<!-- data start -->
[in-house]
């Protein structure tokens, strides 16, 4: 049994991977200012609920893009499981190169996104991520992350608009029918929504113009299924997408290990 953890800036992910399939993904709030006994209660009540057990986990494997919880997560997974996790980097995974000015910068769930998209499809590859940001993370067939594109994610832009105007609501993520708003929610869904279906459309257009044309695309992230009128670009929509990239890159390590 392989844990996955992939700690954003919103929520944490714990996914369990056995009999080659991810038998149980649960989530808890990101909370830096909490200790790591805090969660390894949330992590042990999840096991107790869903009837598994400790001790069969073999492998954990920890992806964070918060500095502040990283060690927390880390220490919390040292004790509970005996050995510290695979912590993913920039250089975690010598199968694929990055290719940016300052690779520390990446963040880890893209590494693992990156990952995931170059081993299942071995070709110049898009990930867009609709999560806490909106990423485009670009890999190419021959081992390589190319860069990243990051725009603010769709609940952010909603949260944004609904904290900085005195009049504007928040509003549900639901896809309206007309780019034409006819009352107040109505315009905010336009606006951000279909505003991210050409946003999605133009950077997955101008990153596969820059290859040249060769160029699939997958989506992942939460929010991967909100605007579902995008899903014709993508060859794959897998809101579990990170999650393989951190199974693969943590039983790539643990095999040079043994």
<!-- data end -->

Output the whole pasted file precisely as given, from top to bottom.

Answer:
[in-house]
């Protein structure tokens, strides 16, 4: 049994991977200012609920893009499981190169996104991520992350608009029918929504113009299924997408290990 953890800036992910399939993904709030006994209660009540057990986990494997919880997560997974996790980097995974000015910068769930998209499809590859940001993370067939594109994610832009105007609501993520708003929610869904279906459309257009044309695309992230009128670009929509990239890159390590 392989844990996955992939700690954003919103929520944490714990996914369990056995009999080659991810038998149980649960989530808890990101909370830096909490200790790591805090969660390894949330992590042990999840096991107790869903009837598994400790001790069969073999492998954990920890992806964070918060500095502040990283060690927390880390220490919390040292004790509970005996050995510290695979912590993913920039250089975690010598199968694929990055290719940016300052690779520390990446963040880890893209590494693992990156990952995931170059081993299942071995070709110049898009990930867009609709999560806490909106990423485009670009890999190419021959081992390589190319860069990243990051725009603010769709609940952010909603949260944004609904904290900085005195009049504007928040509003549900639901896809309206007309780019034409006819009352107040109505315009905010336009606006951000279909505003991210050409946003999605133009950077997955101008990153596969820059290859040249060769160029699939997958989506992942939460929010991967909100605007579902995008899903014709993508060859794959897998809101579990990170999650393989951190199974693969943590039983790539643990095999040079043994």